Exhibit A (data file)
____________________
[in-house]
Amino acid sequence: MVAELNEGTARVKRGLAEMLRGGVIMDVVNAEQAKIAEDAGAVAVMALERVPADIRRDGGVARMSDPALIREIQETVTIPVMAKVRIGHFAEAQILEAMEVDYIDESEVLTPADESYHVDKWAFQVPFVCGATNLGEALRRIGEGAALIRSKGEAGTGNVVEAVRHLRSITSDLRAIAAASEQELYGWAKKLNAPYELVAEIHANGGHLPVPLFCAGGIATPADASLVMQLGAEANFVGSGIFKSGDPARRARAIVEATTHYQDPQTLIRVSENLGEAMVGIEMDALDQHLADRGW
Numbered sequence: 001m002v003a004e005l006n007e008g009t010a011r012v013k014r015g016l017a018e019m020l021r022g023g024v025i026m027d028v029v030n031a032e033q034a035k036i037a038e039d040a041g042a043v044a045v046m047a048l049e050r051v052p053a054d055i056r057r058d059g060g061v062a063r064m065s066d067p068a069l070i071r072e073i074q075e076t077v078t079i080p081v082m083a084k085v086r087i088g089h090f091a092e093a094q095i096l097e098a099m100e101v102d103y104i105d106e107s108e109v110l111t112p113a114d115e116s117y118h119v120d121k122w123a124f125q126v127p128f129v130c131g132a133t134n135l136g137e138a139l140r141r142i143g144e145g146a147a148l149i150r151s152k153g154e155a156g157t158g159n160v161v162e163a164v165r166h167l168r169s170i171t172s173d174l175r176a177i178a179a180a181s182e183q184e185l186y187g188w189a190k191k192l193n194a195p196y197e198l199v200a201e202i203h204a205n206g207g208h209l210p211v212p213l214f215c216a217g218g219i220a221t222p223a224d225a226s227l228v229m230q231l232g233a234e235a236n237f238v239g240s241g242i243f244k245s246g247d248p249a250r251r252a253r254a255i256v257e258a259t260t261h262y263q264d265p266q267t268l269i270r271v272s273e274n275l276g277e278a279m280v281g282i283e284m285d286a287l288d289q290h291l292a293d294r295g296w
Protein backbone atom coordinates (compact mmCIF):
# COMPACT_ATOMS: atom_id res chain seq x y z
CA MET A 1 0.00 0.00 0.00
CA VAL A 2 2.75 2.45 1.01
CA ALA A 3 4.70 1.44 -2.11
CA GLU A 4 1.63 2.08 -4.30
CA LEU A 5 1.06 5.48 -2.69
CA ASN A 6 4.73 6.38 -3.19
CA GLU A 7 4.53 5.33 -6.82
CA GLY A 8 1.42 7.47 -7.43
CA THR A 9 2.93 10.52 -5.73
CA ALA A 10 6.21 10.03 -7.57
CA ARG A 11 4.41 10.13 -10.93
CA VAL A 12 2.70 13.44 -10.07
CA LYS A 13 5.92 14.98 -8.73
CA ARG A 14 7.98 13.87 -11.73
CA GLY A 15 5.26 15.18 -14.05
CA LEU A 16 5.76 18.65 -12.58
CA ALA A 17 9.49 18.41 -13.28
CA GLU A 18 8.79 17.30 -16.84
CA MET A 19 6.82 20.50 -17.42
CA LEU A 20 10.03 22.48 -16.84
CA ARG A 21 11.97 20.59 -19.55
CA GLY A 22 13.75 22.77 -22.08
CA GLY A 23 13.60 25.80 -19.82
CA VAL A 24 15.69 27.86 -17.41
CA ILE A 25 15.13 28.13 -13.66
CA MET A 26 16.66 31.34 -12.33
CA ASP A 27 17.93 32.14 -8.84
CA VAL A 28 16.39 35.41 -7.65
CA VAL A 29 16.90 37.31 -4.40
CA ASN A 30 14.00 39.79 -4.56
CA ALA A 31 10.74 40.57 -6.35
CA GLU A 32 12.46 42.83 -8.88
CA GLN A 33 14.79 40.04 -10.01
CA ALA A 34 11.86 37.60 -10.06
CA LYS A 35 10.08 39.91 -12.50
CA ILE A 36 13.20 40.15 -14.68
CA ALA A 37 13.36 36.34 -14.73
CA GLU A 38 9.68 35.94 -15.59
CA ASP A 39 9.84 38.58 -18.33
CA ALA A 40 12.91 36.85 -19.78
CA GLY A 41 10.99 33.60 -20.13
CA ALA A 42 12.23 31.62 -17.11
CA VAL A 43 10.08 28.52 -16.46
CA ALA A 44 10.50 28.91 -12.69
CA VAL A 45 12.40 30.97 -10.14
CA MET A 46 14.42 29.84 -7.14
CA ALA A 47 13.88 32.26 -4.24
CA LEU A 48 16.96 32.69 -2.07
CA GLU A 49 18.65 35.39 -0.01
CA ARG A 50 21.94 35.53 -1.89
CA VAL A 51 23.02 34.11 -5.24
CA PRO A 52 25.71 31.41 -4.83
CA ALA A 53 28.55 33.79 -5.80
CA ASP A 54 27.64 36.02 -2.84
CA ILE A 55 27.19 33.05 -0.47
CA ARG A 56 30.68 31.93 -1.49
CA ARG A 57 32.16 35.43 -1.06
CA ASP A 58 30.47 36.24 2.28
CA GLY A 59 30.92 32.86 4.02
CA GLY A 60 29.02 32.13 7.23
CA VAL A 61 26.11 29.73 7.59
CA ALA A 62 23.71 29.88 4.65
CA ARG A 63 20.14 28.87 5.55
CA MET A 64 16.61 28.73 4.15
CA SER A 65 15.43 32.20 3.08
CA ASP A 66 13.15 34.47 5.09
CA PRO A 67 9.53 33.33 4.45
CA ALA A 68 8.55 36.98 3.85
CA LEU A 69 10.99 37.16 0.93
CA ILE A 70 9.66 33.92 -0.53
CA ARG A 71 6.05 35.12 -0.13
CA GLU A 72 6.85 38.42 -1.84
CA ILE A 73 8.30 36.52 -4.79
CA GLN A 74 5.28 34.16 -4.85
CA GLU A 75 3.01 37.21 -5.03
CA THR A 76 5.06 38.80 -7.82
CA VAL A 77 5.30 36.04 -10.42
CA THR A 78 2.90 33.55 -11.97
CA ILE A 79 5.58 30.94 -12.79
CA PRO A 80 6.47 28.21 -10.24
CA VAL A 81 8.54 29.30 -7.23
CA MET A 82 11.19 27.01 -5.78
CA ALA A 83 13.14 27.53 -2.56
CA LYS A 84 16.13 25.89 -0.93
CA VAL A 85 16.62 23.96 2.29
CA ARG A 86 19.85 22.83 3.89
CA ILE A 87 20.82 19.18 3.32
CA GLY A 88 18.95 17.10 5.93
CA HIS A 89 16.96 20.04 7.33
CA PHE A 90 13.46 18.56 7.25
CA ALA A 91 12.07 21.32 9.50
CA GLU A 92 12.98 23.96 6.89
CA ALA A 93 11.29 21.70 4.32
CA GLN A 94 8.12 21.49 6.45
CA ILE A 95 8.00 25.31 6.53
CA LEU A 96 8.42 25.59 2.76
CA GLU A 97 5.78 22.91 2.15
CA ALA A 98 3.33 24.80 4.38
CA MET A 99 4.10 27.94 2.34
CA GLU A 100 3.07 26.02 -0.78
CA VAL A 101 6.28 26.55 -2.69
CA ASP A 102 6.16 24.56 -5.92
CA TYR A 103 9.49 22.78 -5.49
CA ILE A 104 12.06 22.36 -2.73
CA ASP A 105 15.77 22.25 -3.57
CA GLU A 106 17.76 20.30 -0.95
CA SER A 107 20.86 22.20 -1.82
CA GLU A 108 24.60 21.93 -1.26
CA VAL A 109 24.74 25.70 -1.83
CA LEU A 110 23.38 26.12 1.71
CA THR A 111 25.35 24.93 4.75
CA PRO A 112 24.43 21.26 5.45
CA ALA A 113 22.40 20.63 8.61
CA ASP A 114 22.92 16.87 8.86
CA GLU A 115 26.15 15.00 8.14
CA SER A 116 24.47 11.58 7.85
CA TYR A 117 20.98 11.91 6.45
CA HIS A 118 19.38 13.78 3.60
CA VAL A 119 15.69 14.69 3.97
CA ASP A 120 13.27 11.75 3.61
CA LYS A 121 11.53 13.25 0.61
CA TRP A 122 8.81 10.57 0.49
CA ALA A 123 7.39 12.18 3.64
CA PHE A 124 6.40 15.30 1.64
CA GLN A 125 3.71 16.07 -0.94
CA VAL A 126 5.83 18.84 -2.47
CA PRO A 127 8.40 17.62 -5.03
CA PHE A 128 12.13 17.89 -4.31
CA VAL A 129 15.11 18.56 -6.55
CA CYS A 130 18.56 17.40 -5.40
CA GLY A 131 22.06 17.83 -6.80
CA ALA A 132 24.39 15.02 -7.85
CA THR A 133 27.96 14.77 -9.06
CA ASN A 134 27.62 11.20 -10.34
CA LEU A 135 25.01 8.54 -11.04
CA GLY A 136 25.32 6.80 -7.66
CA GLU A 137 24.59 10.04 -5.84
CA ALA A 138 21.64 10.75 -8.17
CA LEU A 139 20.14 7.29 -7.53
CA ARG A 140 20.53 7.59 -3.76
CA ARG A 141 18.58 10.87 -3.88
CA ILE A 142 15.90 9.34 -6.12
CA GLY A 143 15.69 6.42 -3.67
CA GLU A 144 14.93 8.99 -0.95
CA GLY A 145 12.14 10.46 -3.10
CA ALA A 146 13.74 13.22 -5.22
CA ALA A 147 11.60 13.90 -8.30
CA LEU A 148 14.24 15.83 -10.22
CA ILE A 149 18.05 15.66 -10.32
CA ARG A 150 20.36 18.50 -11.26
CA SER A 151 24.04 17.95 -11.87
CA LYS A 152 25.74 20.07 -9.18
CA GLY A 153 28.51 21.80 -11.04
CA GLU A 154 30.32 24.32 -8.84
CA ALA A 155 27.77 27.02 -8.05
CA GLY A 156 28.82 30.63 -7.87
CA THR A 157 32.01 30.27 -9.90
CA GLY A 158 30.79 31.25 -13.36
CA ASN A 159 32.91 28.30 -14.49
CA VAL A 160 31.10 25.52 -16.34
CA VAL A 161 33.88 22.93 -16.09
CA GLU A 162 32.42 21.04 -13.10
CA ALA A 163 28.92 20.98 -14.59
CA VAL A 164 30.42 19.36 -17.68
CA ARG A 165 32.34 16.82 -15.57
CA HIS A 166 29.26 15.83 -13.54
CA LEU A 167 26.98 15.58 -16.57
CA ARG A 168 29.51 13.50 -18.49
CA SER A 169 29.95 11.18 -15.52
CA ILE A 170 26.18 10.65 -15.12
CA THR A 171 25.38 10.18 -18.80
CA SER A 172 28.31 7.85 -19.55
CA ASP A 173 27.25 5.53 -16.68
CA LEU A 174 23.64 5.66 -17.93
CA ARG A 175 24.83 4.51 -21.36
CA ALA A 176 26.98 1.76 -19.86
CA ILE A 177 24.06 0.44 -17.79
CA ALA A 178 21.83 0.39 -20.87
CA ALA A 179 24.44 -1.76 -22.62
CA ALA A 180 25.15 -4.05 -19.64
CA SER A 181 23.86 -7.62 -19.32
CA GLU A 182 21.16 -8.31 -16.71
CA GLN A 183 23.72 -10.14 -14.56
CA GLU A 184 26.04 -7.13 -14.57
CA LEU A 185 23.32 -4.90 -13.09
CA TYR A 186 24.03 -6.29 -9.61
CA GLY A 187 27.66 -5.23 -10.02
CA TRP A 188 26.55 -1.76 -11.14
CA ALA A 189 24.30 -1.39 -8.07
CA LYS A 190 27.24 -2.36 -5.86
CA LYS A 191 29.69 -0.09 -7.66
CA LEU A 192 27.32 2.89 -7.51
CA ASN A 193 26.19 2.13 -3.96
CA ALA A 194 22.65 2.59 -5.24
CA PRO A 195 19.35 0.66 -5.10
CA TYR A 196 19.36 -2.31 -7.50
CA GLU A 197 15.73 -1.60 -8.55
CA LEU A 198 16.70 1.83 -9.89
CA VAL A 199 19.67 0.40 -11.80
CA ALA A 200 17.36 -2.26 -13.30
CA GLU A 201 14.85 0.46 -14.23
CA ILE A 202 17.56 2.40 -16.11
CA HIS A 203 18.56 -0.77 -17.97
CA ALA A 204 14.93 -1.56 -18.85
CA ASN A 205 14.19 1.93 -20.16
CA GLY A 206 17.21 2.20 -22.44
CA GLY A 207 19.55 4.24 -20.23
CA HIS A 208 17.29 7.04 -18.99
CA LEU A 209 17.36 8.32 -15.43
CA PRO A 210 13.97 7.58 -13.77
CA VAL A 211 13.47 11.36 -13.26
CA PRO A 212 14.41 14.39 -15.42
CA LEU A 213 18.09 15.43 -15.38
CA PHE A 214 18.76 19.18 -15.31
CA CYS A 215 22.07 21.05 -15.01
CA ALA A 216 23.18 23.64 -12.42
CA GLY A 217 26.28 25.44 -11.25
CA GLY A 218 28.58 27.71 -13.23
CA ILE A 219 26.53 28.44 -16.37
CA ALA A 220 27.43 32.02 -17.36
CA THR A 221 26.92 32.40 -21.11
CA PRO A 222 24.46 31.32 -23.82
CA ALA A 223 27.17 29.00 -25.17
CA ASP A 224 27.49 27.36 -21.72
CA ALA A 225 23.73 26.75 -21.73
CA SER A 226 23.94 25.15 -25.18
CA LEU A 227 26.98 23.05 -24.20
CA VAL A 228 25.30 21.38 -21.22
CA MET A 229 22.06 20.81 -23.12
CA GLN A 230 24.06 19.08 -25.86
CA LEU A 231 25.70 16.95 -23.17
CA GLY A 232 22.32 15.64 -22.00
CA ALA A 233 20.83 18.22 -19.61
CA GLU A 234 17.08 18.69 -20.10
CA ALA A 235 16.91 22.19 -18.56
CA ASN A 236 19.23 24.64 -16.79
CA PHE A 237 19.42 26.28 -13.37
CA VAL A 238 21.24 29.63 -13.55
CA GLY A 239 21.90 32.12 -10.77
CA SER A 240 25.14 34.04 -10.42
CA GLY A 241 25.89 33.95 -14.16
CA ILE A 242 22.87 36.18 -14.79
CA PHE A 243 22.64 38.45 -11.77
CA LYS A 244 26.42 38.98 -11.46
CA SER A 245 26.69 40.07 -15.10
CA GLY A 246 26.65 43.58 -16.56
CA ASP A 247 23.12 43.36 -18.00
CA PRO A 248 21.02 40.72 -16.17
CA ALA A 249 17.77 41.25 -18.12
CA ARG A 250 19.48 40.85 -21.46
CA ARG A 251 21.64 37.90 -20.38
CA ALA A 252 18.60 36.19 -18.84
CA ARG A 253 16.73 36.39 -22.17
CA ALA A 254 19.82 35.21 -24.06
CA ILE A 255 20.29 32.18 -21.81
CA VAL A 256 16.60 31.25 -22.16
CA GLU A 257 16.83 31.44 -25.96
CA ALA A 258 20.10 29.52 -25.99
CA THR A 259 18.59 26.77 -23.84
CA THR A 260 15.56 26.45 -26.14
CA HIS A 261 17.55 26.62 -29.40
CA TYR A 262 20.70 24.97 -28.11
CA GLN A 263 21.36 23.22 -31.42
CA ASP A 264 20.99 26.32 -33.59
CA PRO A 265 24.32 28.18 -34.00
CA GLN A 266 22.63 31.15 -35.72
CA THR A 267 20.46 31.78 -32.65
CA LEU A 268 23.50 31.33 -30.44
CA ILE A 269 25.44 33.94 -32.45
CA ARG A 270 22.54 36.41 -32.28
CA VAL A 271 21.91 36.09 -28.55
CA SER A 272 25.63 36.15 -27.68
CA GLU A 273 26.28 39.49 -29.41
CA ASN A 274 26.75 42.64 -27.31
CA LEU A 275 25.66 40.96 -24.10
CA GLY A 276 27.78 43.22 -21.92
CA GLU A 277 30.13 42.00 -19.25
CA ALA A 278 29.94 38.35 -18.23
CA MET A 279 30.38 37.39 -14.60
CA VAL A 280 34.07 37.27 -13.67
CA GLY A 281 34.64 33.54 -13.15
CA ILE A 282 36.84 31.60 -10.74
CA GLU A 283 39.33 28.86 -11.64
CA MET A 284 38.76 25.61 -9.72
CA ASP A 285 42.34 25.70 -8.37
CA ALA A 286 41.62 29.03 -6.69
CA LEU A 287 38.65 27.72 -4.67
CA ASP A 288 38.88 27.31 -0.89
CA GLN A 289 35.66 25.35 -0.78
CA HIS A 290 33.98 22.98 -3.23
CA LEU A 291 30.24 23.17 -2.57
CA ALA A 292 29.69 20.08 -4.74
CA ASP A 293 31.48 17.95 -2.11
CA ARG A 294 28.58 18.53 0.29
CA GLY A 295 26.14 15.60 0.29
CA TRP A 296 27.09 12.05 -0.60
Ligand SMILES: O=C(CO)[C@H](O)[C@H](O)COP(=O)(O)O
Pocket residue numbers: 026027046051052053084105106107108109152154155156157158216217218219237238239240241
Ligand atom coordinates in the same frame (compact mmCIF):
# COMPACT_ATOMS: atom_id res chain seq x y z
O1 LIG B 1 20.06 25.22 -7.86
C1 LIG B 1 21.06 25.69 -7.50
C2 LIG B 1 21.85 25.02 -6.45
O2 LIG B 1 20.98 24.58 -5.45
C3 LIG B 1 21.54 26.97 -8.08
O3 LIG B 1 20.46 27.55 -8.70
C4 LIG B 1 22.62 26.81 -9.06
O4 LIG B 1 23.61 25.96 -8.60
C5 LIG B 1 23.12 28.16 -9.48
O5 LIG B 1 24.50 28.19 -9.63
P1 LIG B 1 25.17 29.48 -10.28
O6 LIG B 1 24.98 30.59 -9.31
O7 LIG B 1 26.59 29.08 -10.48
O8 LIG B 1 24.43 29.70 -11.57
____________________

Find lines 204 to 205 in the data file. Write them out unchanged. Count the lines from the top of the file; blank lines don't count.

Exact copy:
CA VAL A 199 19.67 0.40 -11.80
CA ALA A 200 17.36 -2.26 -13.30